“All the old farmers was making cheese in their kitchen and they were curing it, or aging it, in their cellar. And in those cellars, you have dirt floor, rocks, that you know are moldy – perfect situation for aging cheese,” Morgan said.
With the right recipe, the essential ingredients, and the ideal environment, the Morgan’s hobby took off. The nostalgic taste of the cheese reminded community members of the cheese their parents and grandparents used to make. Cheesemaking is a laborious process, and many community members don’t have the time or ingredients needed to make it. Demand for the cheese began to soar, and the Morgan’s started to sell their cheese down at the local Helvetia market.
“It was a surprise when we took the first load down to them the first week and within 24 hours they were out,” said Morgan.
West Virginia has expansive cottage food laws that allow individuals to sell products that are made in their own homes. “The legislature was nice enough… to create a bill to waiver [regulations] of that so that now we can make the cheese in our kitchen and cure it in the cellar,” explained Morgan. Without these laws, the Morgans’ cheesemaking would have had to remain a hobby.
Although the cheese is now available in the community, Morgan has a real concern about Swiss traditions like cheese-making being lost as the younger generations move out of the area. To combat this, Morgan has made sure to share this recipe and process with her granddaughter, Georgia Gizzi.
That her grandma started making cheese one day was not surprising to Gizzi. “Well, she’s always been very much into things like canning foods and doing all kinds of different things. We’ve made things like dandelion jelly,” Gizzi said fondly.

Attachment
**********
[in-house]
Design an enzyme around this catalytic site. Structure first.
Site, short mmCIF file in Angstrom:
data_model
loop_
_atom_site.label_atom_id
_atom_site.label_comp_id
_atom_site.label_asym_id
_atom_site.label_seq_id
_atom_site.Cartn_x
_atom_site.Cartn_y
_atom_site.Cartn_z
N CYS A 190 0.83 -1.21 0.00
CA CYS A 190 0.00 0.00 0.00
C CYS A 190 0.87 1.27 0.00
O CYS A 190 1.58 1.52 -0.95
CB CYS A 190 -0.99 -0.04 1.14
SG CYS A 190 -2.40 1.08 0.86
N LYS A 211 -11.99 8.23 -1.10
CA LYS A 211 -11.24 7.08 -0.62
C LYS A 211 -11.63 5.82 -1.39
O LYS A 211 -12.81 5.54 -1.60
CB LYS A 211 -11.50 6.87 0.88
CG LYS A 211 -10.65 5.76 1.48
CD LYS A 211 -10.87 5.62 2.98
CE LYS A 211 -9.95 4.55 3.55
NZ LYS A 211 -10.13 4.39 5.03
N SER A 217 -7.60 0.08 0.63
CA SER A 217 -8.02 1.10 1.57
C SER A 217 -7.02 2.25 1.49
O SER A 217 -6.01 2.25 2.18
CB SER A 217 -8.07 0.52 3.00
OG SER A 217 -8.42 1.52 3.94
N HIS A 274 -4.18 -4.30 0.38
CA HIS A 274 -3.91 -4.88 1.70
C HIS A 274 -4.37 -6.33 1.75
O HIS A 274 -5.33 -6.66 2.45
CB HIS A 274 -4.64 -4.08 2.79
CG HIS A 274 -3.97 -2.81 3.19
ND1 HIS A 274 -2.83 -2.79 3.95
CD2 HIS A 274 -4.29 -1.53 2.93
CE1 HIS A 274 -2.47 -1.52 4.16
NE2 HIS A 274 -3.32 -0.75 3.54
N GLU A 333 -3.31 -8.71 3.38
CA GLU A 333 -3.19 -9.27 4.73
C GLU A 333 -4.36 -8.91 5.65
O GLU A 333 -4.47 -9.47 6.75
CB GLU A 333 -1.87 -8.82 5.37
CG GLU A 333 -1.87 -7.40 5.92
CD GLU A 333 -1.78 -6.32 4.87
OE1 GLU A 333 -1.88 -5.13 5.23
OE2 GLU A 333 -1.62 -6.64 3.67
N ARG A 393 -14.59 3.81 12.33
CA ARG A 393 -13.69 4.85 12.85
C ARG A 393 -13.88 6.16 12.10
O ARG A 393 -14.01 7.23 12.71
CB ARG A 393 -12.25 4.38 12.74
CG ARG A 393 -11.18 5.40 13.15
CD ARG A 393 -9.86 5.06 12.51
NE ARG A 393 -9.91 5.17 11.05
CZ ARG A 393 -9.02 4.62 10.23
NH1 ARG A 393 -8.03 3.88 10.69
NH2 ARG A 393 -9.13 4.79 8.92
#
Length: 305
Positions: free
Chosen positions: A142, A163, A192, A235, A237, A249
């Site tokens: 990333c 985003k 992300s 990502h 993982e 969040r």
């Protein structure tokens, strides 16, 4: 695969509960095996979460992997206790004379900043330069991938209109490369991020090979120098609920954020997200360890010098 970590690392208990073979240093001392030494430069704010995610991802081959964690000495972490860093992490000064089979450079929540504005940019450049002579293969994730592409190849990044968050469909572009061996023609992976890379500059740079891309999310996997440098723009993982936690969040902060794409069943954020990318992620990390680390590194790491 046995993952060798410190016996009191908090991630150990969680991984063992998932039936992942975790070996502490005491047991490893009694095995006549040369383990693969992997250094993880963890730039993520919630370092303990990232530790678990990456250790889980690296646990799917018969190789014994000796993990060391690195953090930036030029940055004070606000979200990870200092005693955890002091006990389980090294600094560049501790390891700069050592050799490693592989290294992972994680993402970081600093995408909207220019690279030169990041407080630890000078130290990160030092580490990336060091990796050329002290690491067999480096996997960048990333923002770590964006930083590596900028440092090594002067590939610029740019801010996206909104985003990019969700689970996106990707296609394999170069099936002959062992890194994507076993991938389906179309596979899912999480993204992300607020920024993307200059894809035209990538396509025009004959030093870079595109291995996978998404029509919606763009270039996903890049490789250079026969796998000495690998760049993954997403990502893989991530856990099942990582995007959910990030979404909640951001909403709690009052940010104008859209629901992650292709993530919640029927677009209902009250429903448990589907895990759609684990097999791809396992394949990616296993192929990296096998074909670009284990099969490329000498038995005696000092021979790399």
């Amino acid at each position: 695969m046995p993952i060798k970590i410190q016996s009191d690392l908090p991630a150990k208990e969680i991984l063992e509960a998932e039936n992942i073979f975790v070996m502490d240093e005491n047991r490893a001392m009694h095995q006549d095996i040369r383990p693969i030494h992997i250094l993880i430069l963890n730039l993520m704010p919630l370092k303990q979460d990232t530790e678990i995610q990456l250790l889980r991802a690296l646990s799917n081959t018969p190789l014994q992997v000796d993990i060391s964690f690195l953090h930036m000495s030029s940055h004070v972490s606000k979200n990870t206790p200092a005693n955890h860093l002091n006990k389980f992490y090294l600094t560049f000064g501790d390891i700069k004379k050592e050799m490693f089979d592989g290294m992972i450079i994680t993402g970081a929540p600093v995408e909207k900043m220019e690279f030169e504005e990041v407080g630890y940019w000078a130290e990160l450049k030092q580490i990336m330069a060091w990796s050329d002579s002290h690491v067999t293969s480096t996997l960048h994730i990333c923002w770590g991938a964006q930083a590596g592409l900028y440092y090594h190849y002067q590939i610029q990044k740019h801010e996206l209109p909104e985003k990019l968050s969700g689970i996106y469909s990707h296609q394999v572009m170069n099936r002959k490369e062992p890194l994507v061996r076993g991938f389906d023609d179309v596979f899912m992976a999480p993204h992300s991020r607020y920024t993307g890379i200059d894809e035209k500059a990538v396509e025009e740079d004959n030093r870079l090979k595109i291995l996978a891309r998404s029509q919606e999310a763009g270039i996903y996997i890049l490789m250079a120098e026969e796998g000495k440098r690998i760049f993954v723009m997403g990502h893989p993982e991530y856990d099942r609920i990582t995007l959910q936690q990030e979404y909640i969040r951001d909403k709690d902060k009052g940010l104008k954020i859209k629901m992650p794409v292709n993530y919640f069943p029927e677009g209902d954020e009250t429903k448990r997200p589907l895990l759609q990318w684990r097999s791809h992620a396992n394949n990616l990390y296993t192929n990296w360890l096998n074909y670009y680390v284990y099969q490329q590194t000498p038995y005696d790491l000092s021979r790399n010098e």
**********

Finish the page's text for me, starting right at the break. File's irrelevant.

Gizzi doesn’t live in Helvetia, but she visits every so often and has enjoyed learning the process of cheesemaking alongside her grandmother. Her favorite part of the process is getting to stick her arm in the pot and cut up the curds. “I have a couple of friends though that have come up and they like refuse to put their hand in it because they thought it was gross but I love it,” laughed Gizzi.
Seeing the enthusiasm of her granddaughter gives Morgan hope that the community of Helvetia will grow again and preserve not just the tradition of cheesemaking, but other Swiss traditions as well. Morgan and other members of her generation in Helvetia have made deliberate efforts to teach their children and grandchildren how to do things like cheesemaking and folk dancing.
Making a block of cheese isn’t just a day’s work. It takes weeks or months to age the cheese to perfection. If you have the patience and dedication, however, the result is delicious.
This story is part of the Inside Appalachia Folkways Reporting Project, which is made possible in part with support from Margaret A. Cargill Philanthropies to the West Virginia Public Broadcasting Foundation. Subscribe to Inside Appalachia to hear more stories of Appalachian folklife, arts, and culture.